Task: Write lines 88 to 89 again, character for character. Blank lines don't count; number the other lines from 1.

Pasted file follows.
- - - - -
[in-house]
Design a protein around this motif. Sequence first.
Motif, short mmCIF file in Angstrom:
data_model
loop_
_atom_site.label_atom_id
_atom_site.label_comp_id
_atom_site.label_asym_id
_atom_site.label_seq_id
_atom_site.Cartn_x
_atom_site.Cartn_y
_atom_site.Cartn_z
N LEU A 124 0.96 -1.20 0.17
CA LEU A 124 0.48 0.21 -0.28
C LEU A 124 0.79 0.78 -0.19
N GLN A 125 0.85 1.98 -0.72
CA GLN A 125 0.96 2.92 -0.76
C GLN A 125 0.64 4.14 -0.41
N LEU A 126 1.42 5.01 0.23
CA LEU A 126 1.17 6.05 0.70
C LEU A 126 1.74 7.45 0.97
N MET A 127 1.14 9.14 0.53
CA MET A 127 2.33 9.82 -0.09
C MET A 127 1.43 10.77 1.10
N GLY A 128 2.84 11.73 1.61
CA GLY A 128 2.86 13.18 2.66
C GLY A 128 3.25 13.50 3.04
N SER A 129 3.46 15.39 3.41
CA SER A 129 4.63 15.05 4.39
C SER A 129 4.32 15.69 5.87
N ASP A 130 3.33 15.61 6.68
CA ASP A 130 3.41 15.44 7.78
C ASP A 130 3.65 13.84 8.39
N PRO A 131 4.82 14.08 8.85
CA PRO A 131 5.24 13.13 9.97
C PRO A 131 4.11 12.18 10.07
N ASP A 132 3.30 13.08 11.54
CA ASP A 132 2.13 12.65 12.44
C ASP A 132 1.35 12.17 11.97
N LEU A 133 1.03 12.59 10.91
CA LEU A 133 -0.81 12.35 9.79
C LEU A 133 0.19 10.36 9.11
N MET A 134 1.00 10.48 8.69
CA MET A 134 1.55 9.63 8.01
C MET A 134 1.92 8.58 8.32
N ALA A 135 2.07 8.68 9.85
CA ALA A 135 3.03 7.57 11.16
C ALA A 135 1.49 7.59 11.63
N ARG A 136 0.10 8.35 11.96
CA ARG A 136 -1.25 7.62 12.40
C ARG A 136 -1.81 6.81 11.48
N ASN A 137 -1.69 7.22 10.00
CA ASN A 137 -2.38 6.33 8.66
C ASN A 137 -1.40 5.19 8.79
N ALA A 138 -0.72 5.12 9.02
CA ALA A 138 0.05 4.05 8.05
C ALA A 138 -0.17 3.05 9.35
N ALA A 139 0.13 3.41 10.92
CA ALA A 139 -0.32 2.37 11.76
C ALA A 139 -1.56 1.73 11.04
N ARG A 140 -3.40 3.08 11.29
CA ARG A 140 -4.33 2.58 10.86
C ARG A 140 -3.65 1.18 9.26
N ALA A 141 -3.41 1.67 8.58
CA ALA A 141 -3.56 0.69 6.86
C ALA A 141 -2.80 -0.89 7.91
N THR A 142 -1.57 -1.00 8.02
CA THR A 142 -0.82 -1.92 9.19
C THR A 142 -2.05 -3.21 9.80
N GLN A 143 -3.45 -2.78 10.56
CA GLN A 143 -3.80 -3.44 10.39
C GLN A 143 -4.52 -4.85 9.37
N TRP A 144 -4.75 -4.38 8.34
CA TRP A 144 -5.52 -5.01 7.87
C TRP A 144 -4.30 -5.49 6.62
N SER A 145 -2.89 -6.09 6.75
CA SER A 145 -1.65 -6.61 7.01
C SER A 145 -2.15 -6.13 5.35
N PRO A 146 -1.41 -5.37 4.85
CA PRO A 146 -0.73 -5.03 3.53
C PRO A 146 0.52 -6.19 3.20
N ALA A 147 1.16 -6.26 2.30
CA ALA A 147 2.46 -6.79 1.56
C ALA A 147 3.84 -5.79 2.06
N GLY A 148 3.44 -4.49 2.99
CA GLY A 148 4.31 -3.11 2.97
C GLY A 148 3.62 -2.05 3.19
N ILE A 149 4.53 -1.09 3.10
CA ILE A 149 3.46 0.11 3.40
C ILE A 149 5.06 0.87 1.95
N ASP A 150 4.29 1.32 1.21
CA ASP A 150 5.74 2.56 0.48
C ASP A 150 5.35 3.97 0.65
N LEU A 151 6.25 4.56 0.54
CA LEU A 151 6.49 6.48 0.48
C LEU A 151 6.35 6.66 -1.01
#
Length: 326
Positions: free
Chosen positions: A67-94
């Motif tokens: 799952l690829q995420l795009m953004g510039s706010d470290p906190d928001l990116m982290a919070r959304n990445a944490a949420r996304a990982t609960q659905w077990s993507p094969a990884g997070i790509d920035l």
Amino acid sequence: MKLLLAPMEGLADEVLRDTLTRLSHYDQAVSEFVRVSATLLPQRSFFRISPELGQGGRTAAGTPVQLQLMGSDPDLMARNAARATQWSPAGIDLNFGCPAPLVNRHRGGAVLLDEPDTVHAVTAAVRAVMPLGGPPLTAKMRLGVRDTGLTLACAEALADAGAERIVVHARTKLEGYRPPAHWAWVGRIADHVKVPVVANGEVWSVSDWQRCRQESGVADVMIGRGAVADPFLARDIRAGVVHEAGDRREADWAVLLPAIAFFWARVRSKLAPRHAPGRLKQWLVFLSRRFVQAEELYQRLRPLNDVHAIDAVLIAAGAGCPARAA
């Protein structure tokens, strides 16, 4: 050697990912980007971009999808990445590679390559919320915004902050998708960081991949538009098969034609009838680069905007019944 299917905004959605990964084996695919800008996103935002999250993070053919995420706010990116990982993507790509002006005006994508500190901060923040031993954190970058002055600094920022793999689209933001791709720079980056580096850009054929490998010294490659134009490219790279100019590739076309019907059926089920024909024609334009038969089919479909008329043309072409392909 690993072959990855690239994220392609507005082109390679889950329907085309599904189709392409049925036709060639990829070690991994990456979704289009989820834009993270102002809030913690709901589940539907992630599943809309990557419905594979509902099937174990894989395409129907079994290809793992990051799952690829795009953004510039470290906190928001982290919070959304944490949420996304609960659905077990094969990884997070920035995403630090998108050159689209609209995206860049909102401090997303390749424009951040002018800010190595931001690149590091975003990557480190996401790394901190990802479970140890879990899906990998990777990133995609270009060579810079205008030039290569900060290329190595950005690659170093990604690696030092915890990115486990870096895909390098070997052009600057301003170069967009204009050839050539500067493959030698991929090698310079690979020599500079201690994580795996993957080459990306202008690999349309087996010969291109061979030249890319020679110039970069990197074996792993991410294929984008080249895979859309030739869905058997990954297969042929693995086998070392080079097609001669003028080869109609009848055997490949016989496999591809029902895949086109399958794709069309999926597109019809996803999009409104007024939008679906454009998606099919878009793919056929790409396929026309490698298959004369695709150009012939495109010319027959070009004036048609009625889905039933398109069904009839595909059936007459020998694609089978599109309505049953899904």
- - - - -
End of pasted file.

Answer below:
N ILE A 149 4.53 -1.09 3.10
CA ILE A 149 3.46 0.11 3.40